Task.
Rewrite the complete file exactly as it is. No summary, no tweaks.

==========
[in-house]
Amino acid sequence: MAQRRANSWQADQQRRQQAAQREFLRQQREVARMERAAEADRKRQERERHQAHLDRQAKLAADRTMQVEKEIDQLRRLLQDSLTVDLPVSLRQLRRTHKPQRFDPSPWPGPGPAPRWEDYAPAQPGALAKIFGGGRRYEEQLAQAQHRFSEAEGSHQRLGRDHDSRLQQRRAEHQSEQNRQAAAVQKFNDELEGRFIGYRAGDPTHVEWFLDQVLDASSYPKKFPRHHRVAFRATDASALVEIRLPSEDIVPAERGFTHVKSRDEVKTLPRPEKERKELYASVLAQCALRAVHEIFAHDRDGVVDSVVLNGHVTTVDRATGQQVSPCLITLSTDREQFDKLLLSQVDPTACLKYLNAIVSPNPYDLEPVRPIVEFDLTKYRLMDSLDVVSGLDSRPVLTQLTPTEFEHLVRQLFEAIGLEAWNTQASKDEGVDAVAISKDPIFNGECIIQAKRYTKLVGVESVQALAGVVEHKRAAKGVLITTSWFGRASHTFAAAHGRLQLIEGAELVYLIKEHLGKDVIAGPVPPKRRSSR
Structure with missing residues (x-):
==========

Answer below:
[in-house]
Amino acid sequence: MAQRRANSWQADQQRRQQAAQREFLRQQREVARMERAAEADRKRQERERHQAHLDRQAKLAADRTMQVEKEIDQLRRLLQDSLTVDLPVSLRQLRRTHKPQRFDPSPWPGPGPAPRWEDYAPAQPGALAKIFGGGRRYEEQLAQAQHRFSEAEGSHQRLGRDHDSRLQQRRAEHQSEQNRQAAAVQKFNDELEGRFIGYRAGDPTHVEWFLDQVLDASSYPKKFPRHHRVAFRATDASALVEIRLPSEDIVPAERGFTHVKSRDEVKTLPRPEKERKELYASVLAQCALRAVHEIFAHDRDGVVDSVVLNGHVTTVDRATGQQVSPCLITLSTDREQFDKLLLSQVDPTACLKYLNAIVSPNPYDLEPVRPIVEFDLTKYRLMDSLDVVSGLDSRPVLTQLTPTEFEHLVRQLFEAIGLEAWNTQASKDEGVDAVAISKDPIFNGECIIQAKRYTKLVGVESVQALAGVVEHKRAAKGVLITTSWFGRASHTFAAAHGRLQLIEGAELVYLIKEHLGKDVIAGPVPPKRRSSR
Structure with missing residues (x-):